Roads and politics, politics and roads. Two awkward bedfellows in this state. For every proposed road or bridge or, really, anything there are as many opinions about the proposal as there are people.
A road from King Cove so people can get to the hospital in an emergency without an airlift or braving treacherous water in small and under powered boats? Can’t do that. Too much pristine wilderness will be ruined. Who’ll maintain it? The state shouldn’t have to provide a road that only serves a single community.
A bridge across Knik Arm? Same thing, same questions.
It seems, to my under-educated and rash mind that the problem we face in Alaska with infrastructure development is not so much the public’s inevitable backlash from all sides, but rather a really poor sense of thinking for the future and developing plans based not on our current needs but on the community’s needs fifty years from now.
Case in point: the Knik Arm Bridge. I am still of the opinion that this route of egress is sorely needed in the city. I no longer think the proposed design is the right one with only a single lane each direction. It doesn’t make sense to build something for the currently projected volume only to need to add on and widen in three or five or ten years. And as a general rule bridges aren’t just widened or remodeled. No, new ones are built parallel to the existing and then the existing is left to rot.
There is a challenge that is unique to Alaska, though, when trying to gain public support. A few challenges, actually. First is the rampant conservatism here. And I don’t mean politically, I mean in the social sense. There is a huge constituency who do not want to see any changes occur that may result in any change to the way that they live their lives. They don’t want to see anything happen that does not exactly jive with their world view. I get it. Humans tend to relish the comfort of stasis and avoid change… avoid the unknown.
The problem, though, is that through resisting change and actively working against it, we create the very situations we wish to avoid- overcrowding, crime, traffic, etc., etc. Whether it be in the social realm or the political realm, it seems that fighting against change doesn’t result in things getting better or even staying the same, but rather getting worse. I don’t have any evidence to support these claims. Deal with it.
In a state like Alaska where we have a small population and an economic base that generally relies on one of four industries for survival: tourism, state government, federal government, and Big Oil, conservatism of any stripe becomes dangerous and the tool that the industries use to get what they want.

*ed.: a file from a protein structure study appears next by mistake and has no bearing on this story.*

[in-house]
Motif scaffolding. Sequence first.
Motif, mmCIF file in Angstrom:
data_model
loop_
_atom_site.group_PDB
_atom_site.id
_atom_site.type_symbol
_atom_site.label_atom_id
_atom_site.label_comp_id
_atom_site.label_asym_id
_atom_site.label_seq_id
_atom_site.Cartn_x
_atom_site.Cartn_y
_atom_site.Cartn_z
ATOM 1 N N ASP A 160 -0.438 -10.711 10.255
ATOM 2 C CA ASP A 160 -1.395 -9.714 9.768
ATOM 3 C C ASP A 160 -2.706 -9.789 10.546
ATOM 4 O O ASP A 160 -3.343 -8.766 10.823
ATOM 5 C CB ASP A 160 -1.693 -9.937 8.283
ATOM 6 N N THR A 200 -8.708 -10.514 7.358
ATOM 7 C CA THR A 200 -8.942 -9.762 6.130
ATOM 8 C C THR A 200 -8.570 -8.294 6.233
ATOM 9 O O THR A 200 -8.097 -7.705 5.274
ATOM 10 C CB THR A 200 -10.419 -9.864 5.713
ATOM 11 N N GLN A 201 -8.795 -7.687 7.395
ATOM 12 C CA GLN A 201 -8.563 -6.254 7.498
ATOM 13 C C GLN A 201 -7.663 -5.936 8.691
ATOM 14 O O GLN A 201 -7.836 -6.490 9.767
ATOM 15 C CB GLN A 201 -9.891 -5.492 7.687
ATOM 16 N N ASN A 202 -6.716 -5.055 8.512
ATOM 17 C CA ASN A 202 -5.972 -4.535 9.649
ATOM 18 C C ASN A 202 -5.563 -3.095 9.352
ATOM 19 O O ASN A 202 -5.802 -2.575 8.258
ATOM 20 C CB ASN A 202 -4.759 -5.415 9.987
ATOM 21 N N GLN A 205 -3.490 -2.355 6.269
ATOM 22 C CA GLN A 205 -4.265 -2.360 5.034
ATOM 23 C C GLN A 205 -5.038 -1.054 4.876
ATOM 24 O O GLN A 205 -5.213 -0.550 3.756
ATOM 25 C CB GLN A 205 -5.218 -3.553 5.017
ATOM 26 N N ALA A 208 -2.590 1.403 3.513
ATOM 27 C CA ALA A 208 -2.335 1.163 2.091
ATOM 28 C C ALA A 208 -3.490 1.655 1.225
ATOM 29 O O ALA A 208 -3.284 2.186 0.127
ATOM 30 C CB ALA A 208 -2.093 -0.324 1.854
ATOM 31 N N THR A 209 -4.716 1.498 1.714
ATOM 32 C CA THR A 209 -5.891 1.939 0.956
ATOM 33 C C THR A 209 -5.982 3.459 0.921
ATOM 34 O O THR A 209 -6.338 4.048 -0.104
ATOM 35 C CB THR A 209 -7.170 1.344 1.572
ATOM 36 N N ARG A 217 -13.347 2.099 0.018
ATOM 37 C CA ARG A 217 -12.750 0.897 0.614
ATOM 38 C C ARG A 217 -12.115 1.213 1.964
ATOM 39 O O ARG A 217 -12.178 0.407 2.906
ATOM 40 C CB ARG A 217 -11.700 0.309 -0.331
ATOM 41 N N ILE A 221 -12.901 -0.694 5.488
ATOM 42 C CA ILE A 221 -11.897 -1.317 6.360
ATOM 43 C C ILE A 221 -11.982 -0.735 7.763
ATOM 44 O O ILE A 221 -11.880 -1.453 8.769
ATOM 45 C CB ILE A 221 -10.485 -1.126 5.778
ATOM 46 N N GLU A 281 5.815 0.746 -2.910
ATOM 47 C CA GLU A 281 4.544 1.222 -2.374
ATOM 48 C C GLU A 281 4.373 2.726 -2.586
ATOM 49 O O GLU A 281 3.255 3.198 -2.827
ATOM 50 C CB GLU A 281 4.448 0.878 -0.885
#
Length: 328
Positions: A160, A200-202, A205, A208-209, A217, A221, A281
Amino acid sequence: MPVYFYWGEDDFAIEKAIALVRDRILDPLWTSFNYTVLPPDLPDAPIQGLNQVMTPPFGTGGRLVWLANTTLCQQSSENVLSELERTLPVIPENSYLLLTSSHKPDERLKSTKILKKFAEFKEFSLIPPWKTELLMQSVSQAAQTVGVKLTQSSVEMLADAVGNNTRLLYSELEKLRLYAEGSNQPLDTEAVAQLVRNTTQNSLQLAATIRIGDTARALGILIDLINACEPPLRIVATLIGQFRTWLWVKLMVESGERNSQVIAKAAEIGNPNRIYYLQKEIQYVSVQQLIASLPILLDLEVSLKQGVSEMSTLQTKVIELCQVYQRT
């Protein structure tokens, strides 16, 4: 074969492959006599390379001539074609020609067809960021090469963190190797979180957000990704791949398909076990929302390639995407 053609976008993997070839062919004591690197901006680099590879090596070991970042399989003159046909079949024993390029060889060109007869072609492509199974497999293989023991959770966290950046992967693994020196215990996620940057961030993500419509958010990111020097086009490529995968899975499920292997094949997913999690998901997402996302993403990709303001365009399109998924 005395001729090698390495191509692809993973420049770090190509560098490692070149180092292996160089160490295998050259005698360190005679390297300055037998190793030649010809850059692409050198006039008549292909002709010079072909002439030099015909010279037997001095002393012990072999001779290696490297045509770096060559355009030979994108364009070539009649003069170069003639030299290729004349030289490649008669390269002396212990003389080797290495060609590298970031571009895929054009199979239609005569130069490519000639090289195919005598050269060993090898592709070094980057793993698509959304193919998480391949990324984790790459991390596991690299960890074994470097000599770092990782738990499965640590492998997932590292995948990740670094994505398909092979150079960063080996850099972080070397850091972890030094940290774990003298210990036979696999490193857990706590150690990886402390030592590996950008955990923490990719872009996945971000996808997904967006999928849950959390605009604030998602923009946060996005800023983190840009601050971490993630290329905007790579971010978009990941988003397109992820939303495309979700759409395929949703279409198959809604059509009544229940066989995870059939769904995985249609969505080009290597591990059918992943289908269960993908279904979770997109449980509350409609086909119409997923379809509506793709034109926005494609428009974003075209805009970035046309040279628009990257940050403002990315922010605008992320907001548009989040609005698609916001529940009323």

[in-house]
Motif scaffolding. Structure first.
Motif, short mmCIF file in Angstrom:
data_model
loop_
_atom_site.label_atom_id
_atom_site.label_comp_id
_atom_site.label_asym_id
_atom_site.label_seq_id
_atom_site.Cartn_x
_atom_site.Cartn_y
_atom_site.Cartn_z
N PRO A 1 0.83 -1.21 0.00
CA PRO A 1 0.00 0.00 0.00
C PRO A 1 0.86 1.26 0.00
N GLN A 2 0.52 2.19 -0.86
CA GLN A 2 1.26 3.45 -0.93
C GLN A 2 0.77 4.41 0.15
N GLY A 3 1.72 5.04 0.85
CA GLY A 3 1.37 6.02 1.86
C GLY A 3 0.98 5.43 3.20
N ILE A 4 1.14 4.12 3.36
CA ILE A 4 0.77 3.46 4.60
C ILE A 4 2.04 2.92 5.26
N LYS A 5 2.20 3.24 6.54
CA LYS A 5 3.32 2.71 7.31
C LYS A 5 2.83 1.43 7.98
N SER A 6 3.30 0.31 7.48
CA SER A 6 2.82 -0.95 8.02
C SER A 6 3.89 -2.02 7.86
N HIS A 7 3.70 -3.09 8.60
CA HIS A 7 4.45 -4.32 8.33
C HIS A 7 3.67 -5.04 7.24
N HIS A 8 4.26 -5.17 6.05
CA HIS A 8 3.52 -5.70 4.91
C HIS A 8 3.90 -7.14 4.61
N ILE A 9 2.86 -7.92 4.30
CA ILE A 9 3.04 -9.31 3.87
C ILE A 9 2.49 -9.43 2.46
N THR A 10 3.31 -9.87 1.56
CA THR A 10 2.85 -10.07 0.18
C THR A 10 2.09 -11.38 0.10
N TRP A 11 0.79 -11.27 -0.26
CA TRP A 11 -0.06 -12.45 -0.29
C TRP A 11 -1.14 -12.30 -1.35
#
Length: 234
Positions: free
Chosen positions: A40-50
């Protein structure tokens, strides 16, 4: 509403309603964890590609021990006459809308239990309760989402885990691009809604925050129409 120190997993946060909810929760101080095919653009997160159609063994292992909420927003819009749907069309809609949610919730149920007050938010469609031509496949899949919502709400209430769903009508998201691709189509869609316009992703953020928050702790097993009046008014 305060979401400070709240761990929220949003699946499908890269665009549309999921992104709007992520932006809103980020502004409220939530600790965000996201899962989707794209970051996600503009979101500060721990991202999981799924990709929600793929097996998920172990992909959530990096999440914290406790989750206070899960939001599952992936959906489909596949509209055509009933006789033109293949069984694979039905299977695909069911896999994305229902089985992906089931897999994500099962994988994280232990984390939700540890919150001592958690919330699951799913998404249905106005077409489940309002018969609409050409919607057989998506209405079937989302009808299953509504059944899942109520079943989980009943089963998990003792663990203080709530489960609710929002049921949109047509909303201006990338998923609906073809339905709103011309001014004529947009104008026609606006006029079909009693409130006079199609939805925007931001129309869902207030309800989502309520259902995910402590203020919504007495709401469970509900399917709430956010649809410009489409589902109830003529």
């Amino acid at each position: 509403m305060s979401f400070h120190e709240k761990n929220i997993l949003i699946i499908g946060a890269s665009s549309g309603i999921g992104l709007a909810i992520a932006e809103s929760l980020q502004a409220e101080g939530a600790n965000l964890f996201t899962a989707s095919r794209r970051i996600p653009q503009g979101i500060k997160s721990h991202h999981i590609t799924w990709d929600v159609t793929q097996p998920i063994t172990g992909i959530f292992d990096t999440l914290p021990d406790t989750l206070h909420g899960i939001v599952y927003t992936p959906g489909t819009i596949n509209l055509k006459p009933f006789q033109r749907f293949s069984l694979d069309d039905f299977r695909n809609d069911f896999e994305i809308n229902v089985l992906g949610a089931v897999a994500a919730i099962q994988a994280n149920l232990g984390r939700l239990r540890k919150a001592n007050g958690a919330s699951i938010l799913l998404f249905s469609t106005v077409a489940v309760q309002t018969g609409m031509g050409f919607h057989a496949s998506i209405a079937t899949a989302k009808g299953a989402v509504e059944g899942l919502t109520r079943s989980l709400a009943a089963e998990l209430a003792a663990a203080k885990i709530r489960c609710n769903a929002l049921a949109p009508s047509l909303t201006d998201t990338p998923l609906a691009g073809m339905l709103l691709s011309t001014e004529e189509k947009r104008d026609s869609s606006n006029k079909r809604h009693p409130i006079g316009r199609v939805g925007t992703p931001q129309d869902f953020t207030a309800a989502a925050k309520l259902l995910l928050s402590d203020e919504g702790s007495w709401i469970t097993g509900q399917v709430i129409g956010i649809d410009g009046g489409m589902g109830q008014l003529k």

We don’t want to change because change could cause our cash cow to go belly up. We do want to change unless those changes benefit our cash cow, even at the expense of the people. We are scared of newcomers. We are scared that infrastructure will crowd us out of our own homes. We’re constantly scared that the oil companies will pack up and move out, leaving us with, essentially, nothing. We are so scared that we only think for the now and what are our immediate needs.
It often feels like I keep saying the same things. We need to start thinking about the future. Maybe it is just my own worries about my own future. As I get older I guess I find that I am starting to think about things differently than I used to. I think about kids going to college and wanting to eventually retire. About getting that damned student loan paid off. Maybe I’m projecting my fears onto the good people of Alaska. Yeah. That might be it. Though I don’t think it’s an arguable point that there is a lot of resistance to change in this state.
Didn’t I say there were two unique things about influencing public opinion in this state? Yes, I did. The second is that we are cheap. Cheaper than most, it seems. While it is important to show a real financial viability of a project before undertaking it, our essential cheapness — coupled with our inability to look to the future — makes it that much harder to get ambitious projects off the ground. Or to even propose appropriate projects. I go back to the Knik Arm bridge, right? An appropriate proposal would be to look 25 years down the road. What are the traffic needs going to be then? How can we design the bridge to accommodate those rather than our needs right now? Four lanes in each direction? Maybe. How about multiple lanes each way with a separated ped/bike lane to accommodate alternate forms of transportation? How about a bridge with a high-occupancy vehicle (HOV) lane that is directional based on time of day – inbound in the AM and outbound in the PM? All of this costs money. I know. But not thinking ahead and building something that only addresses short term needs costs more in the long run.
I guess all I’m trying to get at here is that we need more routes in and out of the city and if we are going to spend the money, which we should, we need to make sure we are thinking not of our needs right now, but our needs for the future and plan appropriately.
Next week I’ll talk about corrupt politicians and how they are destroying this state. Or maybe I’ll talk about bikes. Yeah, that’d be good. Bikes. Those are innocuous enough, aren’t they?
Until then – ride on.